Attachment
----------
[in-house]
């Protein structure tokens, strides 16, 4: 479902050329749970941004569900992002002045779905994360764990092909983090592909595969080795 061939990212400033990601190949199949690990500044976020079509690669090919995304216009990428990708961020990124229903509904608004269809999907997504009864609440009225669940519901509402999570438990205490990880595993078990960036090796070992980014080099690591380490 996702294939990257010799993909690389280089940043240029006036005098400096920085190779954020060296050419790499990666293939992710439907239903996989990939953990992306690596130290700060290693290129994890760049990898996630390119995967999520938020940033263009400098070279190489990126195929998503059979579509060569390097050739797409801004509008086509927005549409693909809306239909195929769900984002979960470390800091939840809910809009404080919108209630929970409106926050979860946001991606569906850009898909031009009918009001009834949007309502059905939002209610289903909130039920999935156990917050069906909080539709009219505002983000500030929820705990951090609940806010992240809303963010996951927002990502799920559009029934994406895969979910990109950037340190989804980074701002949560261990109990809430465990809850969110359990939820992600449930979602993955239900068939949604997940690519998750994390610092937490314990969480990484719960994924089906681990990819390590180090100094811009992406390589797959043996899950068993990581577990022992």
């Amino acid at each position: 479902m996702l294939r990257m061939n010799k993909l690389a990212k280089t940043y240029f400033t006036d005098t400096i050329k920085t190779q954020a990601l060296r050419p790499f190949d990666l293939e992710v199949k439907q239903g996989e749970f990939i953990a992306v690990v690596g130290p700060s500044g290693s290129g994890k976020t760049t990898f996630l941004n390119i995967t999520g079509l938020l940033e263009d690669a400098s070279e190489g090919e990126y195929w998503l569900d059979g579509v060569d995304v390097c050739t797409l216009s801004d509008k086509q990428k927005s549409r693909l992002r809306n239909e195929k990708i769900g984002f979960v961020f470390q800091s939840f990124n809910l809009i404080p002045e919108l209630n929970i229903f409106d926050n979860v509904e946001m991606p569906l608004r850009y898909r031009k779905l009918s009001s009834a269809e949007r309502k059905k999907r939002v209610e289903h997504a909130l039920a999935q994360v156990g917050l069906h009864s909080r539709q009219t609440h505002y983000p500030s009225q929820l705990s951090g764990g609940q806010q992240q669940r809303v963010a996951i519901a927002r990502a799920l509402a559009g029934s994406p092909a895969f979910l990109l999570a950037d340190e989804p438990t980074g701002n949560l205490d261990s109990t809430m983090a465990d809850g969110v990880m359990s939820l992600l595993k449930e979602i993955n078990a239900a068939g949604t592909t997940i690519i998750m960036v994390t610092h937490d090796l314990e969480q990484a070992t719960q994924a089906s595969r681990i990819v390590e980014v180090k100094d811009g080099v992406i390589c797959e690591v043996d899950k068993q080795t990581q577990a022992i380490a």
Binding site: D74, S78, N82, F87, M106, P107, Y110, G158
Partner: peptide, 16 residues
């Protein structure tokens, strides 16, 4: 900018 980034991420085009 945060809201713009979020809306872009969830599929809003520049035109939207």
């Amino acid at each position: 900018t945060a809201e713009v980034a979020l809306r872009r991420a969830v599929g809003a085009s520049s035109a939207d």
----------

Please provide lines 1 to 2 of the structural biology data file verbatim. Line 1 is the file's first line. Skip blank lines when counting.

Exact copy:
[in-house]
């Protein structure tokens, strides 16, 4: 479902050329749970941004569900992002002045779905994360764990092909983090592909595969080795 061939990212400033990601190949199949690990500044976020079509690669090919995304216009990428990708961020990124229903509904608004269809999907997504009864609440009225669940519901509402999570438990205490990880595993078990960036090796070992980014080099690591380490 996702294939990257010799993909690389280089940043240029006036005098400096920085190779954020060296050419790499990666293939992710439907239903996989990939953990992306690596130290700060290693290129994890760049990898996630390119995967999520938020940033263009400098070279190489990126195929998503059979579509060569390097050739797409801004509008086509927005549409693909809306239909195929769900984002979960470390800091939840809910809009404080919108209630929970409106926050979860946001991606569906850009898909031009009918009001009834949007309502059905939002209610289903909130039920999935156990917050069906909080539709009219505002983000500030929820705990951090609940806010992240809303963010996951927002990502799920559009029934994406895969979910990109950037340190989804980074701002949560261990109990809430465990809850969110359990939820992600449930979602993955239900068939949604997940690519998750994390610092937490314990969480990484719960994924089906681990990819390590180090100094811009992406390589797959043996899950068993990581577990022992």